The Commonwealth responds that appellant's petition was untimely, noting that the relevant disciplinary documentation became publicly available in, variously, 1989 (seven years before trial), 1997 (one year after trial, while appellant's direct appeal was under way), and 2003 (during the pendency of appellant's first round of PCRA review, which concluded in July 2004). The Commonwealth cites testimony of the attorney who prosecuted appellant's first PCRA petition, who was aware that disciplinary action had been taken against appellant's trial counsel, and who evidently did not determine such action to be a basis to allege an actual conflict of interest in appellant's first PCRA petition. The Commonwealth argues that as a matter of law, information that has been public record for years simply cannot be deemed "new" for purposes of the PCRA time-bar, and particularly not with "newness" being measured by the moment appellant or new collateral counsel stumbles upon the public record. Commonwealth's Brief at 15-19.
In reply, appellant does not rely upon this Court's on-point decisional law concerning "new facts" and public records, but instead depends upon inapposite federal decisional law construing the "due diligence" provision of the federal Antiterrorism and Effective Death Penalty Act of 1996 ("AEDPA"). See 28 U.S.C. Â§ 2244(d)(1)(D). Thus, appellant cites Wilson v. Beard, 426 F.3d 653 (3d Cir. 2005), where the Third Circuit declined to read AEDPA's due diligence provision to mean that the "clock began ticking" on the defendant's claim under Batson v. Kentucky, 476 U.S. 79 (1986), on the day news broke of the existence of a training video allegedly establishing that a Philadelphia prosecutor had endorsed an alleged policy of discrimination in jury selection. Appellant acknowledges that in his case, information regarding the disciplinary actions against trial counsel was publicly disclosed and available, but argues that the "principle" expressed in Wilson concerning the non-jurisdictional federal time-bar in AEDPA should apply to constructions of the PCRA's jurisdictional time-bar, and we should hold that "it is not reasonable to expect [appellant] or his counsel" to discern the need to look into available disciplinary materials. Appellant's Reply Brief at 6-8.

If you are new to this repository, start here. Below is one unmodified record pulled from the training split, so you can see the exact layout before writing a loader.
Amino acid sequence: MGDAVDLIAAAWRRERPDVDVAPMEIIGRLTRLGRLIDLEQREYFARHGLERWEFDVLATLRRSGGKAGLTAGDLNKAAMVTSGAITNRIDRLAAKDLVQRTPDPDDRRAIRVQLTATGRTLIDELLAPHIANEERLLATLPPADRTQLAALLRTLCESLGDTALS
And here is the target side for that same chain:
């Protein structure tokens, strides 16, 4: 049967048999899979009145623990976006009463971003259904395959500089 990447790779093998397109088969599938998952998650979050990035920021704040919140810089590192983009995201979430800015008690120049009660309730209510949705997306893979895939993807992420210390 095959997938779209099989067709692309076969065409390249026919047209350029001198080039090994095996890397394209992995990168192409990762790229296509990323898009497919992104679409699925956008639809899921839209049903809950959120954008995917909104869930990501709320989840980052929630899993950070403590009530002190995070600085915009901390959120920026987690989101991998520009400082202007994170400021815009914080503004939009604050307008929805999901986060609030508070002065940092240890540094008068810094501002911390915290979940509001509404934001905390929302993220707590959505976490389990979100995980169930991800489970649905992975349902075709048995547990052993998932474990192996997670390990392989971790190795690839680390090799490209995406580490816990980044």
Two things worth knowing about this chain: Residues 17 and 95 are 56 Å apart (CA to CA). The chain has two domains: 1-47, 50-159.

For purposes of the PCRA time-bar, the question is whether records of disciplinary proceedings against appellant's trial counsel may be considered facts unknowable to appellant until the day, years later, that one of his subsequent lawyers decided to look for the information. Our decisional law, which appellant ignores, counsels that the answer clearly is "No." We have repeatedly held that once sixty days elapsed from the public dissemination of the information forming the basis for the Batson claim in the Philadelphia jury selection cases, the nature and circumstances of the allegations could no longer be considered previously unavailable facts. Commonwealth v. Fahy, 959 A.2d 312, 316-17 (Pa. 2008); Commonwealth v. Hackett, 956 A.2d 978, 984-85 (Pa. 2008); Commonwealth v. Marshall, 947 A.2d 714, 721-23 (Pa. 2008). See also Commonwealth v. Whitney, 817 A.2d 473, 478 (Pa. 2003) (opinion study published in September 1998 edition of Cornell Law Review regarding supposed racial disparity in imposition of death penalty in Philadelphia did not constitute new evidence since statistics used to compile study were public record and therefore could have been known to defendant before he filed his third PCRA petition in July 1998).